FTC Considers Deposing Top Facebook Executives In Antitrust Probe
According to The Wall Street Journal, the Federal Trade Commission (FTC) “is considering taking sworn testimony from Facebook Inc. Chief Executive Mark Zuckerberg and Chief Operating Officer Sheryl Sandberg as part of its investigation into whether the social-media giant has violated U.S. antitrust laws.”
The company is planning for Zuckerberg’s scheduled July 27 appearance before the House Judiciary antitrust subcommittee, “where he and other top tech executives are expected to be grilled by lawmakers,” The Journal wrote. “The executives weren’t deposed in the FTC’s prior probe of Facebook for alleged consumer-privacy violations, a matter that resulted in a $5 billion settlement a year ago. FTC officials in announcing that agreement said they floated the possibility of deposing Mr. Zuckerberg as one way of extracting a bigger settlement from the company.”
A Facebook spokesman said the company “has continued to demonstrate to enforcement agencies that its ‘innovation provides more choices for consumers.’ The spokesman added that Facebook looks forward to sharing its views about the competitive landscape alongside other technology leaders,” The Journal reported.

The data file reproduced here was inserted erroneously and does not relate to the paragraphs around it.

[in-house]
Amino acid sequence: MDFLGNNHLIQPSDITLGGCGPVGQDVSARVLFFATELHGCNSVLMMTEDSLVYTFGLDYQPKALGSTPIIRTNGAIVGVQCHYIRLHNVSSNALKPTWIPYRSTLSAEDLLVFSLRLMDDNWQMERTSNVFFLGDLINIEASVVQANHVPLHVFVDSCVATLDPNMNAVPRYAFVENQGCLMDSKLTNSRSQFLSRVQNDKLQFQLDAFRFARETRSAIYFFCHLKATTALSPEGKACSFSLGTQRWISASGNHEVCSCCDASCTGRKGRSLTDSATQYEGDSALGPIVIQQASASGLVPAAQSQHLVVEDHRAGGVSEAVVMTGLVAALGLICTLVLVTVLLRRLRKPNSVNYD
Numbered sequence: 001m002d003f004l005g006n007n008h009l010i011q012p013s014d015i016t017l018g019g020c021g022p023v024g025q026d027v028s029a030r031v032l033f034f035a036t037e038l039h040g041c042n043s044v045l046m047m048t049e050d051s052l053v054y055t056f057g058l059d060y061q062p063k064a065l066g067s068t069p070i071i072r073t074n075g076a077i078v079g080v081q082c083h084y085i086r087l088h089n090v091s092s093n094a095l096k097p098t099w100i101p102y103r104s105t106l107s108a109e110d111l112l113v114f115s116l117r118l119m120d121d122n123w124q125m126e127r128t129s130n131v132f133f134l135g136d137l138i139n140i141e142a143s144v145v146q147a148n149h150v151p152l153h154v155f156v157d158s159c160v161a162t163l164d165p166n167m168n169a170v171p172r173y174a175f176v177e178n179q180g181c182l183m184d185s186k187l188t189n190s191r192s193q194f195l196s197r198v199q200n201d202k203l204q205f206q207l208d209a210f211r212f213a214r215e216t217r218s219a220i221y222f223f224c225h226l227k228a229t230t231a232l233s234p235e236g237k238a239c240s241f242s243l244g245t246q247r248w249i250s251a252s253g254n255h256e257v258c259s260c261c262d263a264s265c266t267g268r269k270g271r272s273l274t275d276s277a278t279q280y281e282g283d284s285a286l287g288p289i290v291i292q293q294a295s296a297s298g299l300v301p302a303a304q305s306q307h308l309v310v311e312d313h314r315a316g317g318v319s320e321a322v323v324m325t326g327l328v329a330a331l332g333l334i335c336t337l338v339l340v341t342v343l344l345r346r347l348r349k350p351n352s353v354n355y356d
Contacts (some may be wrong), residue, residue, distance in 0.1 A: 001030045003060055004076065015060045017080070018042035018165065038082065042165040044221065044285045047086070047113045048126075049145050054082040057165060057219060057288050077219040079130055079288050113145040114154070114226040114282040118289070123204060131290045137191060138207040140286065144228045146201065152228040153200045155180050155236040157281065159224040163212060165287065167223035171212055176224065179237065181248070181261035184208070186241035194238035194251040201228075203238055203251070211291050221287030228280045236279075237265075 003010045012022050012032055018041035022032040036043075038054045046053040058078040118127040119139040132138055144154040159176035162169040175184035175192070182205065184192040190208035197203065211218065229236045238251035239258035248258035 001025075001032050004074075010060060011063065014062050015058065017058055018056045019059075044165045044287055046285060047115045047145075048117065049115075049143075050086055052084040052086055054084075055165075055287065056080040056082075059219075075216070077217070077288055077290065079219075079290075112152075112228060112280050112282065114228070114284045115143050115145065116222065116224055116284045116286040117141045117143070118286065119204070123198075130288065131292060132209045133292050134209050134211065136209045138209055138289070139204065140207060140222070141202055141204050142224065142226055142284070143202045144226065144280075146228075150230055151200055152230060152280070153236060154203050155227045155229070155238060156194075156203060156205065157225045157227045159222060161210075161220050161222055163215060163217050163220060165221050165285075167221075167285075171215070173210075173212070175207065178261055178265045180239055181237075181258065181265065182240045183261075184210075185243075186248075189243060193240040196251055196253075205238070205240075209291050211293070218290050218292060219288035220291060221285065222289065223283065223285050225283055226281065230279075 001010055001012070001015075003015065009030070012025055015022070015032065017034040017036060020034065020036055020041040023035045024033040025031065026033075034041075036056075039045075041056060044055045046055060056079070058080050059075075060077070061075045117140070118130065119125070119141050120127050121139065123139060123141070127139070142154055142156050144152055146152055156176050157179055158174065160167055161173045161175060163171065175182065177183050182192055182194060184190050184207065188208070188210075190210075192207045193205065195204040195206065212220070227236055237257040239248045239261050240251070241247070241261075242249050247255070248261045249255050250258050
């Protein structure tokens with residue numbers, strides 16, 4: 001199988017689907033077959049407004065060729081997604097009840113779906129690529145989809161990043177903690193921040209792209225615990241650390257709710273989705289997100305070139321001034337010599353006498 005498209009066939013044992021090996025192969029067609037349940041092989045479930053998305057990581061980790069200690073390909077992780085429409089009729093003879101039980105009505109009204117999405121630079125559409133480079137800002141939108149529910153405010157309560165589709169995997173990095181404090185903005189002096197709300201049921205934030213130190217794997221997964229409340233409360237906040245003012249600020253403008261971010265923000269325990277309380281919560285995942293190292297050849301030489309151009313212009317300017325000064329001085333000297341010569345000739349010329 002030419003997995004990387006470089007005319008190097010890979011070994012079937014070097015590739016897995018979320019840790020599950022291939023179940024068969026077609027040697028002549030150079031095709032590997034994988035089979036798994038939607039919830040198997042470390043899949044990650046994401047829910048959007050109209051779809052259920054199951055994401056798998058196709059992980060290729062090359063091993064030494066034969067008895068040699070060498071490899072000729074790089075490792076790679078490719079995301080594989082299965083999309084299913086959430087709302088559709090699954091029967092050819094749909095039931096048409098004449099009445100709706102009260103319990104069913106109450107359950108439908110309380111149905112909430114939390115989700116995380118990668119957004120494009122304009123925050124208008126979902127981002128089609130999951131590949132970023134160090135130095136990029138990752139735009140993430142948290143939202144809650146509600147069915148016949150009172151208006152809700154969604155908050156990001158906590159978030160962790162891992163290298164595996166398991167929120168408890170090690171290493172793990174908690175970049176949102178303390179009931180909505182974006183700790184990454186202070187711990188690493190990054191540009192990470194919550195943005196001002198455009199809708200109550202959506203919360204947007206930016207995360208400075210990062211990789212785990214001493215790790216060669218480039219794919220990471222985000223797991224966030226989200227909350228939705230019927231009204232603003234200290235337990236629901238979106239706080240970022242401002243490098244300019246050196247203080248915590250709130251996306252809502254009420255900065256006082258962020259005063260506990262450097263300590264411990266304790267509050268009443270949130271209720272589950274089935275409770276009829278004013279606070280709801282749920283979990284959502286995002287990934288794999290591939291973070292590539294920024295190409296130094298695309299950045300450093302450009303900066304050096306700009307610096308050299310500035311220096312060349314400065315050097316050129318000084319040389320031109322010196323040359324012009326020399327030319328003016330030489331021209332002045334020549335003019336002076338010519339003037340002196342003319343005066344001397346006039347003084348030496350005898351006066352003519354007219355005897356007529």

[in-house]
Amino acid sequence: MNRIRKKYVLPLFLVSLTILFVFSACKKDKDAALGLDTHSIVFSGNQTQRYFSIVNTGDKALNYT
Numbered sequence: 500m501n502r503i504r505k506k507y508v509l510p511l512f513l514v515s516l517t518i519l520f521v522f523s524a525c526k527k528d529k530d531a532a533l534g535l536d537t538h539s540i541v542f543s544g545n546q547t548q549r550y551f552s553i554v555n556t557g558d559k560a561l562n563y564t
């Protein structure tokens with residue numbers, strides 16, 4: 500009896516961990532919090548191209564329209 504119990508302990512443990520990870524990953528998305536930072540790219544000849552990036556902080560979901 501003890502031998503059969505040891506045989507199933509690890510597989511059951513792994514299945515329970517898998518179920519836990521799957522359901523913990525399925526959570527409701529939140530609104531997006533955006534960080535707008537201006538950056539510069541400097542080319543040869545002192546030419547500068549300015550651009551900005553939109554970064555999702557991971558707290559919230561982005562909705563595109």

“The FTC has been examining whether Facebook has engaged in unlawful monopolistic practices, including whether it had a strategy of buying up potential rivals for the purpose of heading off future competitive threats,” the report continued. “The Justice Department also is taking a broad look at dominant online platforms over antitrust concerns, creating friction between the two agencies,” and The Journal reported in May “that [the] Justice Department was preparing to sue Google as soon as this summer.”
Facebook is “increasingly preparing for the possibility that the government may seek to limit how its products and platforms interact or force the company to divest parts of its business—and is ready to litigate those points,” the report added.
Later this month, Zuckerberg will appear before the House antitrust subcommittee along with the chief executives from Amazon, Apple, and Google. “Lawmakers, who have sought documents and testimony from all four firms, are examining whether U.S. antitrust laws need to be updated to curb what some on Capitol Hill perceive as excessive power wielded by tech giants over the digital marketplace, such as online advertising, e-commerce and smartphone apps,” The Journal concluded.